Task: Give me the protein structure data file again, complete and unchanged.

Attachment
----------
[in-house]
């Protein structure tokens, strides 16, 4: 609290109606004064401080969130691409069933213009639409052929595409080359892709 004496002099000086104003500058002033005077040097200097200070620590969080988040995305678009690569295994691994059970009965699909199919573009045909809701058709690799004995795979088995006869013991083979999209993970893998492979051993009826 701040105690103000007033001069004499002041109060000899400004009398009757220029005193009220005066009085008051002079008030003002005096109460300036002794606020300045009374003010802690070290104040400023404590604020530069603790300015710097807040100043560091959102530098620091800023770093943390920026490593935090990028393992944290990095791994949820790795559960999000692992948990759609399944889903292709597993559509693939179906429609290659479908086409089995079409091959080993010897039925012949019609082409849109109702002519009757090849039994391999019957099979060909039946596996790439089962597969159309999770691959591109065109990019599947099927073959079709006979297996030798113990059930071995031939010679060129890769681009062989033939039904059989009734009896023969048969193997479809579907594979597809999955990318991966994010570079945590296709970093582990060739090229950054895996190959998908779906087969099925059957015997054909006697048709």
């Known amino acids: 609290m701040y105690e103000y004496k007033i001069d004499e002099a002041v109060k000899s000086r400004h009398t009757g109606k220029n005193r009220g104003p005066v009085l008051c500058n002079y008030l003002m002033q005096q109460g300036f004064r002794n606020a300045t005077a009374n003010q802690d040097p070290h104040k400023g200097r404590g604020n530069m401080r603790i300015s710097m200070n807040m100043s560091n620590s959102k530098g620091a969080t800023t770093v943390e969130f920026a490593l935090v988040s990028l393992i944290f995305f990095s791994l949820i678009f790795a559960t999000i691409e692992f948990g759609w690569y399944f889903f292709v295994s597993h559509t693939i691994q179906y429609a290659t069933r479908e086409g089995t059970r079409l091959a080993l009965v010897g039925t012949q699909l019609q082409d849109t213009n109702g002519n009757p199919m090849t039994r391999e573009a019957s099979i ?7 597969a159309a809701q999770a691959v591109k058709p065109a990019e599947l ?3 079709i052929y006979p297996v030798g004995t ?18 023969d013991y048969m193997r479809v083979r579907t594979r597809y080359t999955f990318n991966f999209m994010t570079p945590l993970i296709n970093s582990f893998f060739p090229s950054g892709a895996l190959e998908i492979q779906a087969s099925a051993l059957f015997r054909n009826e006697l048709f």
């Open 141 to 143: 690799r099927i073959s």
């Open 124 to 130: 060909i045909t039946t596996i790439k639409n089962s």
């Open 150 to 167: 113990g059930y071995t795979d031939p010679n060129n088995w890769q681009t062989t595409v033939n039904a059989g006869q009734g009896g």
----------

[in-house]
């Protein structure tokens, strides 16, 4: 609290109606004064401080969130691409069933213009639409052929595409080359892709 004496002099000086104003500058002033005077040097200097200070620590969080988040995305678009690569295994691994059970009965699909199919573009045909809701058709690799004995795979088995006869013991083979999209993970893998492979051993009826 701040105690103000007033001069004499002041109060000899400004009398009757220029005193009220005066009085008051002079008030003002005096109460300036002794606020300045009374003010802690070290104040400023404590604020530069603790300015710097807040100043560091959102530098620091800023770093943390920026490593935090990028393992944290990095791994949820790795559960999000692992948990759609399944889903292709597993559509693939179906429609290659479908086409089995079409091959080993010897039925012949019609082409849109109702002519009757090849039994391999019957099979060909039946596996790439089962597969159309999770691959591109065109990019599947099927073959079709006979297996030798113990059930071995031939010679060129890769681009062989033939039904059989009734009896023969048969193997479809579907594979597809999955990318991966994010570079945590296709970093582990060739090229950054895996190959998908779906087969099925059957015997054909006697048709």
């Known amino acids: 609290m701040y105690e103000y004496k007033i001069d004499e002099a002041v109060k000899s000086r400004h009398t009757g109606k220029n005193r009220g104003p005066v009085l008051c500058n002079y008030l003002m002033q005096q109460g300036f004064r002794n606020a300045t005077a009374n003010q802690d040097p070290h104040k400023g200097r404590g604020n530069m401080r603790i300015s710097m200070n807040m100043s560091n620590s959102k530098g620091a969080t800023t770093v943390e969130f920026a490593l935090v988040s990028l393992i944290f995305f990095s791994l949820i678009f790795a559960t999000i691409e692992f948990g759609w690569y399944f889903f292709v295994s597993h559509t693939i691994q179906y429609a290659t069933r479908e086409g089995t059970r079409l091959a080993l009965v010897g039925t012949q699909l019609q082409d849109t213009n109702g002519n009757p199919m090849t039994r391999e573009a019957s099979i ?7 597969a159309a809701q999770a691959v591109k058709p065109a990019e599947l ?3 079709i052929y006979p297996v030798g004995t ?18 023969d013991y048969m193997r479809v083979r579907t594979r597809y080359t999955f990318n991966f999209m994010t570079p945590l993970i296709n970093s582990f893998f060739p090229s950054g892709a895996l190959e998908i492979q779906a087969s099925a051993l059957f015997r054909n009826e006697l048709f």
């Open 141 to 143: 690799r099927i073959s």
């Open 124 to 130: 060909i045909t039946t596996i790439k639409n089962s």
């Open 150 to 167: 113990g059930y071995t795979d031939p010679n060129n088995w890769q681009t062989t595409v033939n039904a059989g006869q009734g009896g």